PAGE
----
Past Event

Merck Lecture 2023, Presented by Prof. Keary Engle, Scripps Research Institute

January 19, 2023
4:00 PM - 5:30 PM
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Havemeyer 209



Alkenes as Universal Functional Group Progenitors

Presented by Prof. Keary Engle
Hosted by Prof. Tekle-Smith

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Alkenes are inexpensive, widely available chemical feedstocks that can be sourced from petroleum or renewable resources. The goal of research in the Engle lab is to develop novel catalytic alkene functionalization reactions that introduce new functional groups at each of the alkenyl carbon atoms in a programmable fashion. In addition this way simple, planar starting materials can be directly converted into densely functionalized, stereochemically defined products, which can then serve as building blocks for structurally complex target molecules that are of academic and industrial importance, including many widely used pharmaceutical agents. To this end, the Engle lab has developed strategies involving directing auxiliaries, native directing groups, and transient directing groups, as well as complementary non-directed approaches that are compatible with a variety of metals, redox manifolds, and coupling partners. Detailed mechanistic studies have shed light on the interplay between the substrate, metal, and ancillary ligands in dictating reaction outcomes, informing new catalyst designs through an iterative feedback loop.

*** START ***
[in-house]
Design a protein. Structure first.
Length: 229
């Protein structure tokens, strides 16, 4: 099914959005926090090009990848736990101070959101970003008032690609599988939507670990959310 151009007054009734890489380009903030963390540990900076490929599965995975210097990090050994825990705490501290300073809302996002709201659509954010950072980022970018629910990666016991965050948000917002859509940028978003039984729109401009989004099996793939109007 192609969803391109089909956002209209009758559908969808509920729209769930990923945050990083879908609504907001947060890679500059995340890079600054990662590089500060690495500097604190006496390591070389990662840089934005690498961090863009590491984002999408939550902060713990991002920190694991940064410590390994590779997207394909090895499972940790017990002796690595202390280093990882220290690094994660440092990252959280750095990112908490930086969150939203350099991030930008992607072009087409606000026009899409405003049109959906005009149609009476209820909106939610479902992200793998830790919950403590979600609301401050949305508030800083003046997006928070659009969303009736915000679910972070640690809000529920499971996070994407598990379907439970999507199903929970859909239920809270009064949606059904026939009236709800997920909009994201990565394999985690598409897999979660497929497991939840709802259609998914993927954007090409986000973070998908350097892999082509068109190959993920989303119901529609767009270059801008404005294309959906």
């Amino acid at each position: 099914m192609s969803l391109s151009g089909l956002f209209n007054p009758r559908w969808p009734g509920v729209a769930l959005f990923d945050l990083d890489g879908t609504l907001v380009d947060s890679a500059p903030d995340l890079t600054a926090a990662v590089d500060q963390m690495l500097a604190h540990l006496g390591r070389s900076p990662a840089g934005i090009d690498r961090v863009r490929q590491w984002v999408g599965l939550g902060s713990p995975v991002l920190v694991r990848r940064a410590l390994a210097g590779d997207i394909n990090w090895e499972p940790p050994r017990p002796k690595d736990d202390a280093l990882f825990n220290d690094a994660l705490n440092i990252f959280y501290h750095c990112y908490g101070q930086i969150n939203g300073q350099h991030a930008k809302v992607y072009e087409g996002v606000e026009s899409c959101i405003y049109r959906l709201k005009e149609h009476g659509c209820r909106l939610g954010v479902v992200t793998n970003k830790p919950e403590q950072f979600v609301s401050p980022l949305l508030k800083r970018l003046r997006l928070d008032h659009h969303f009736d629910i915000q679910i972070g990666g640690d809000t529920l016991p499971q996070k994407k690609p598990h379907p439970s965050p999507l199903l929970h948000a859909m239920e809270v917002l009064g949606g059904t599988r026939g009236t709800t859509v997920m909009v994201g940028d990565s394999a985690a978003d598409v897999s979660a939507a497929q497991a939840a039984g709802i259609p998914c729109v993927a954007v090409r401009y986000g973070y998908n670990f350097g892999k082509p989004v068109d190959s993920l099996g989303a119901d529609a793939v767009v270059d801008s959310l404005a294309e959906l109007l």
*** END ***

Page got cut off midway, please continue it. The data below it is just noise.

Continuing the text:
Foreword Lecture Presented by Dr. David Thaisrivongs, Merck & Co, Inc.


Dr. David Thaisrivongs

Synthetic macrocyclic peptides that target protein-protein interactions: the discovery and early chemistry development of a PCSK9 inhibitor

Presented by Dr. David Thaisrivongs


Inhibition of Proprotein Convertase Subtilisin/Kexin type-9 (PCSK9) improves cardiovascular outcomes in patients requiring additional low-density lipoprotein cholesterol reduction on top of statins, but there has been limited uptake of the two commercialized PCSK9 antibody inhibitors due in part to cost and route of administration. The protein-protein interaction between PCSK9 and the low-density lipoprotein receptor which is targeted by these therapies is a large, flat surface, which has made the discovery of orally-bioavailable small molecule inhibitors highly challenging. This talk will introduce the use of macrocyclic peptides to interrupt such protein-protein interactions, and describe the discovery and early chemistry development of such a PCSK9 inhibitor.

David Thaisrivongs is a Director of Process Chemistry in the Process Research and Development organization at Merck & Co., Inc. He obtained an A.B. in Biochemical Sciences from Harvard University and a Ph.D. in Chemistry from Stanford University. During his time with Merck he has had the opportunity to contribute to discovery and development programs across multiple therapeutic areas, including oncology, cardiovascular disease, HIV, HCV, and Alzheimer’s disease, and has led teams to develop and commercialize robust, sustainable manufacturing processes to support the supply of Merck’s medicines to patients, worldwide. He is the founder of the Merck Research Award for Underrepresented Chemists of Color, which seeks to mentor and develop the next generation of scientists.


Contact Information

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